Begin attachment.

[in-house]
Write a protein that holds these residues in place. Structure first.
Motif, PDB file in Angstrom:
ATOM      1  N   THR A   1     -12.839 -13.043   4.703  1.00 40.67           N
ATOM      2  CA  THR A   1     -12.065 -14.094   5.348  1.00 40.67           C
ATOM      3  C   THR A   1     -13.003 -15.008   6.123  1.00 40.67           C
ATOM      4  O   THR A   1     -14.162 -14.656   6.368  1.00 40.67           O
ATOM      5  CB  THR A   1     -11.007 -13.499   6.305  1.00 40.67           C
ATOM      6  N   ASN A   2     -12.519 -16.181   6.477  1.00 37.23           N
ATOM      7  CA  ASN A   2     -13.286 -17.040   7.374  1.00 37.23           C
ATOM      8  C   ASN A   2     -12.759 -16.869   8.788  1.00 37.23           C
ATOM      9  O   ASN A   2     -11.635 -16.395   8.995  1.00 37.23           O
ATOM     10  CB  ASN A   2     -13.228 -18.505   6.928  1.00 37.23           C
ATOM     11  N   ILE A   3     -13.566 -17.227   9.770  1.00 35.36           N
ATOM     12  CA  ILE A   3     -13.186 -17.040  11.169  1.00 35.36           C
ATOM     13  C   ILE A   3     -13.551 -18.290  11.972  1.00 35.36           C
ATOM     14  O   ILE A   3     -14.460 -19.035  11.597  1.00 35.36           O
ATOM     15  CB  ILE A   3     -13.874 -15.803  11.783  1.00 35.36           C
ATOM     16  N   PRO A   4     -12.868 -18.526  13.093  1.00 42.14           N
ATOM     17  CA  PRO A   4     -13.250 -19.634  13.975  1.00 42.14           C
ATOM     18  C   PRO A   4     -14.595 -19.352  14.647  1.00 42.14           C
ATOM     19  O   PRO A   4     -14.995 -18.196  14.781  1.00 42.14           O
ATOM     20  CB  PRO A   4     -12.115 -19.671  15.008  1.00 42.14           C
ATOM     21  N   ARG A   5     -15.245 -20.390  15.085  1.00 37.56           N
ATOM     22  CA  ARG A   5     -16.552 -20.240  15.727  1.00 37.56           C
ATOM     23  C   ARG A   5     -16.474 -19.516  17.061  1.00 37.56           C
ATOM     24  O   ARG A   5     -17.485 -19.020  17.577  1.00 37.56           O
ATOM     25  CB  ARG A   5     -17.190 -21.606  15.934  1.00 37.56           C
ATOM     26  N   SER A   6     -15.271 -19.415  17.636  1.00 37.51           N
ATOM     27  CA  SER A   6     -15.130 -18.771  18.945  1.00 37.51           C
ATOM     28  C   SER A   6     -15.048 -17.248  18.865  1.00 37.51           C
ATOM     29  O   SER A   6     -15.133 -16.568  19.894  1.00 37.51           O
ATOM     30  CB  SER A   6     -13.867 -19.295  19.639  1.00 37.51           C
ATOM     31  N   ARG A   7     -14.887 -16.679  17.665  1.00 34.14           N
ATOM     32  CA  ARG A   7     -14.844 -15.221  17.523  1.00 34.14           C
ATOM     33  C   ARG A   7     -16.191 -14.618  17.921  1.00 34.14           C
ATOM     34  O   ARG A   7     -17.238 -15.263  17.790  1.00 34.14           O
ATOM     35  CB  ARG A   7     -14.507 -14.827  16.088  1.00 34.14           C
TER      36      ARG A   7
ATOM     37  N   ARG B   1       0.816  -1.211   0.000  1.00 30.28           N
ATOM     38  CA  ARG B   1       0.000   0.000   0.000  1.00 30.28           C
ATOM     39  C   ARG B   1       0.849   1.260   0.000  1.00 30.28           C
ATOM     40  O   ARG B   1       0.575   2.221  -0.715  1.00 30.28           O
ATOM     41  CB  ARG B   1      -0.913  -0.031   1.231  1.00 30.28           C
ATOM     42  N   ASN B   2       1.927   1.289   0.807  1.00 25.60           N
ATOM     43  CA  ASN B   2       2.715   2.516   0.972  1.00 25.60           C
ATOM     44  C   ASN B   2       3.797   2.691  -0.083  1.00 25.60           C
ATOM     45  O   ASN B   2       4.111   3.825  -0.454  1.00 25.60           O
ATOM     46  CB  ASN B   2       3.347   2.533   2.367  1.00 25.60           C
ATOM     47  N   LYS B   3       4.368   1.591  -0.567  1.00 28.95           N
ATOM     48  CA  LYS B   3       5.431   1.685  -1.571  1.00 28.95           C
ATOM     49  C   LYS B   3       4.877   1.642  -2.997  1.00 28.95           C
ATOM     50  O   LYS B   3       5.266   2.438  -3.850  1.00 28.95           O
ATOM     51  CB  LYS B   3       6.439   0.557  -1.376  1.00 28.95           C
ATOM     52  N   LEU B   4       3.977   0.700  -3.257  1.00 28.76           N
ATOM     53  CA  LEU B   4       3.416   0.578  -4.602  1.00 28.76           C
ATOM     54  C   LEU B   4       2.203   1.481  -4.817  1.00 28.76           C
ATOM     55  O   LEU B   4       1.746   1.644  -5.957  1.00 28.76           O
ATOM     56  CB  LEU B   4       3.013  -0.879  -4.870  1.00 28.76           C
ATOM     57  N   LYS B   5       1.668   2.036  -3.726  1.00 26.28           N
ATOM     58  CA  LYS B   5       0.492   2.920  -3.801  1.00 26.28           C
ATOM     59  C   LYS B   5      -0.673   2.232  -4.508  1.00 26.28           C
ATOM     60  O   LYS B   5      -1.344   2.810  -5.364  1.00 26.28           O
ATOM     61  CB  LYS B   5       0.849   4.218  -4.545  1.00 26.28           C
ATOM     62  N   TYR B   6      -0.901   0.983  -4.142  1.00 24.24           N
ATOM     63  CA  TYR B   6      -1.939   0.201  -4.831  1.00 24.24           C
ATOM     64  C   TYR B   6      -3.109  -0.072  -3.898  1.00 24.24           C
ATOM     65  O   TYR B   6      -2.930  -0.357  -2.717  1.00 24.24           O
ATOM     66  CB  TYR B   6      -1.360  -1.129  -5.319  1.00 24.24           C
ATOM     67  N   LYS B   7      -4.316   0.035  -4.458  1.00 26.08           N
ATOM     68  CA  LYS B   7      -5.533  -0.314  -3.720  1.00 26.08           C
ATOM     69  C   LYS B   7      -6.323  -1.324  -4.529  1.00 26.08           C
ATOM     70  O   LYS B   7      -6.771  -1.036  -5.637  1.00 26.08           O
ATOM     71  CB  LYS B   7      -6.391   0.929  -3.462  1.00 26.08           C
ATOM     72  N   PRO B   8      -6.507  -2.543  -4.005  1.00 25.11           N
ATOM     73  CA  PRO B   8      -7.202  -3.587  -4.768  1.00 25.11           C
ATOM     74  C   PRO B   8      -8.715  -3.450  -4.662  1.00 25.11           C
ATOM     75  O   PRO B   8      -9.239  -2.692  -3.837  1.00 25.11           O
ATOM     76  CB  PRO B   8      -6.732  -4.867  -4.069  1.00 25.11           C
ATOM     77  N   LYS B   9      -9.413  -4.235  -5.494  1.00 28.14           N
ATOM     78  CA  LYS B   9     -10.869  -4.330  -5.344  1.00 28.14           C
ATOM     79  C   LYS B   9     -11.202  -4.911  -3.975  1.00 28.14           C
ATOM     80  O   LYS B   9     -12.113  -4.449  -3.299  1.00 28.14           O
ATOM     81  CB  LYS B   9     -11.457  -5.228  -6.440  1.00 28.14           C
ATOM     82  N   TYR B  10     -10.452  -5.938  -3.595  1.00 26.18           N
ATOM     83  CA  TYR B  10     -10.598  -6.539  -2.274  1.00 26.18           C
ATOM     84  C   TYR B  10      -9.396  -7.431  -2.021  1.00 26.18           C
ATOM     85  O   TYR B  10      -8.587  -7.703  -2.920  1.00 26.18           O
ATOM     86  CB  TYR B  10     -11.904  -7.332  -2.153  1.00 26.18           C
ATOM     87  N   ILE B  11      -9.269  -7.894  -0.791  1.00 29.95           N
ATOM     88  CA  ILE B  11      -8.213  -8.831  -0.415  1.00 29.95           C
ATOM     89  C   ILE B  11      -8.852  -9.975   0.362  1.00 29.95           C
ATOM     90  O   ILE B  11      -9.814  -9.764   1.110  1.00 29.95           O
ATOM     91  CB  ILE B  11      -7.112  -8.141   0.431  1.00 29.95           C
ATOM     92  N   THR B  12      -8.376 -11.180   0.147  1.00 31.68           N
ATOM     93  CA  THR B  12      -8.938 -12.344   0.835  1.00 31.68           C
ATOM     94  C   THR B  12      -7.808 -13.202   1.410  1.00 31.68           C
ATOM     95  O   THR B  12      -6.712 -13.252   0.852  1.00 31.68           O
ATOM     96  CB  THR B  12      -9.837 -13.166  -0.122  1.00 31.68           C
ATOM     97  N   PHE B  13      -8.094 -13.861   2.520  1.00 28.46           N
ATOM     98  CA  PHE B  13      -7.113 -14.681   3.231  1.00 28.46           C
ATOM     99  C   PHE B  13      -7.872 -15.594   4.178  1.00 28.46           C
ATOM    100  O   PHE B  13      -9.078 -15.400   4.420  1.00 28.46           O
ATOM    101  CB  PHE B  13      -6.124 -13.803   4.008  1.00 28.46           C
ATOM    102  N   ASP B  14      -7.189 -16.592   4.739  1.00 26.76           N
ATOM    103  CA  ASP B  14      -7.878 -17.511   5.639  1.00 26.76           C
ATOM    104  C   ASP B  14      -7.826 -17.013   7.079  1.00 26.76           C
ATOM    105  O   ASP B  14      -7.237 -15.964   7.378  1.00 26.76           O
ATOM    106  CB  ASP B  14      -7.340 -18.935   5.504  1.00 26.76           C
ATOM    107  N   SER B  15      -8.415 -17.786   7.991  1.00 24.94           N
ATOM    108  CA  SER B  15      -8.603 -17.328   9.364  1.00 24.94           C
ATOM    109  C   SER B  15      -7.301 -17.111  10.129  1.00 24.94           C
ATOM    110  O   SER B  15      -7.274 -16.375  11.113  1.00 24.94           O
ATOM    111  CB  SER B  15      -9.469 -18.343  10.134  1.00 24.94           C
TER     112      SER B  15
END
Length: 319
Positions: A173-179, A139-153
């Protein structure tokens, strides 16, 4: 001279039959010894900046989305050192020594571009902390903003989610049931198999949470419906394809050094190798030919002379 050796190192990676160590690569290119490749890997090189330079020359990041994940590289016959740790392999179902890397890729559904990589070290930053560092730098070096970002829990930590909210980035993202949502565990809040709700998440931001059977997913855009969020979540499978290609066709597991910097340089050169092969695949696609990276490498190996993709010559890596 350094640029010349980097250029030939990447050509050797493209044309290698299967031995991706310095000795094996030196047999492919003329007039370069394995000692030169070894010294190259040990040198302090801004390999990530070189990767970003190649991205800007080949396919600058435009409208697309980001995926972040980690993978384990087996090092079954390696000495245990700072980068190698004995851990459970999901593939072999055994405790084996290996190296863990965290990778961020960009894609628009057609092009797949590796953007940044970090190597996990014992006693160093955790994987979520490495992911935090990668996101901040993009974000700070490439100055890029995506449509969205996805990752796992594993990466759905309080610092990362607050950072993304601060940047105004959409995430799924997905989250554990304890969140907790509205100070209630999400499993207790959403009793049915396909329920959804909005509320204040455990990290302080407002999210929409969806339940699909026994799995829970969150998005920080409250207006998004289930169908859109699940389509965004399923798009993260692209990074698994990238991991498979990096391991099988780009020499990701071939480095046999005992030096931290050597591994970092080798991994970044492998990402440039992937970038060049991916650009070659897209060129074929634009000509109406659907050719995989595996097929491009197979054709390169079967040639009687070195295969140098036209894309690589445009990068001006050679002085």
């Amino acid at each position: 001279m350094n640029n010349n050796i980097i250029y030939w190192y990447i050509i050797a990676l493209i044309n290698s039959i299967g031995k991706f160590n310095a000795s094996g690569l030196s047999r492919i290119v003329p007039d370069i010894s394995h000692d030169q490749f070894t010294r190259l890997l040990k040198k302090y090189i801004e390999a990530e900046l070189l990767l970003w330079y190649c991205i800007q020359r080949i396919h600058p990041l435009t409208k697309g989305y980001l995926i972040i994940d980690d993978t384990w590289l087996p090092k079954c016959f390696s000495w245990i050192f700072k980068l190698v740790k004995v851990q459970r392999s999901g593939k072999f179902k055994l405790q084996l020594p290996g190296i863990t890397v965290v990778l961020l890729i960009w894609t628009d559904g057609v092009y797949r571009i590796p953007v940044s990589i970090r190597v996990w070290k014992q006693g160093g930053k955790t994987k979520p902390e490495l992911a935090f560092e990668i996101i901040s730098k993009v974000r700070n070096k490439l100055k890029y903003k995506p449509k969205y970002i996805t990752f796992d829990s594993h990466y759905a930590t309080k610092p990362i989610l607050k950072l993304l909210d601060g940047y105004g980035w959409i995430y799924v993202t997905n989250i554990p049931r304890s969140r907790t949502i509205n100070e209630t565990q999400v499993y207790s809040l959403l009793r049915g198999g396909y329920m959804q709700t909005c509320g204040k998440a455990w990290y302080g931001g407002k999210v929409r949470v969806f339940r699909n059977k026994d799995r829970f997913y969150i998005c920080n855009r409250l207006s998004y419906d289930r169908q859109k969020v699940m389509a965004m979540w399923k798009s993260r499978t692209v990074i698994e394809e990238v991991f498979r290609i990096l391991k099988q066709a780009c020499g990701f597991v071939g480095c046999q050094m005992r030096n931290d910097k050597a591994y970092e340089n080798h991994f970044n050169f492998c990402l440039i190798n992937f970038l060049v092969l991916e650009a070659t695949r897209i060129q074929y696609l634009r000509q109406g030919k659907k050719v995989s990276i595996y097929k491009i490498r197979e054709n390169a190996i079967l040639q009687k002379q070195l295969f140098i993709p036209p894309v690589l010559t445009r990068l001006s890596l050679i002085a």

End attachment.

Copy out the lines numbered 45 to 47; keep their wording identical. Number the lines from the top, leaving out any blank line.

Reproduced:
ATOM     42  N   ASN B   2       1.927   1.289   0.807  1.00 25.60           N
ATOM     43  CA  ASN B   2       2.715   2.516   0.972  1.00 25.60           C
ATOM     44  C   ASN B   2       3.797   2.691  -0.083  1.00 25.60           C